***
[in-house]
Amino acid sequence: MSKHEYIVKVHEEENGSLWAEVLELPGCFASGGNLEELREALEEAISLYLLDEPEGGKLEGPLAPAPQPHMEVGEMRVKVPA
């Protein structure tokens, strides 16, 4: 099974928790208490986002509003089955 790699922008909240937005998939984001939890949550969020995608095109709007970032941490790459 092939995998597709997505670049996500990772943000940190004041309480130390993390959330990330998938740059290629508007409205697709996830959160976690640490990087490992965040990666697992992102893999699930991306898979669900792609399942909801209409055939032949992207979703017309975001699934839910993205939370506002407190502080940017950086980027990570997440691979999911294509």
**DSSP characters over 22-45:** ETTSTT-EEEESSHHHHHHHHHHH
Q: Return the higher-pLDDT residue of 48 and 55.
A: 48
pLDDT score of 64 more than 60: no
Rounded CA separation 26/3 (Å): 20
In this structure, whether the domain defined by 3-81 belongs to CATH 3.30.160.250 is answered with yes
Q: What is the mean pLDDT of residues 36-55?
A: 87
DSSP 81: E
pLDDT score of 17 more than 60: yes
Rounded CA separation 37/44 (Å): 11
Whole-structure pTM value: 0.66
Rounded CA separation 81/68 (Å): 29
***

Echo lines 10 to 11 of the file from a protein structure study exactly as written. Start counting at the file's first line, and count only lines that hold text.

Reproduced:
Q: What is the mean pLDDT of residues 36-55?
A: 87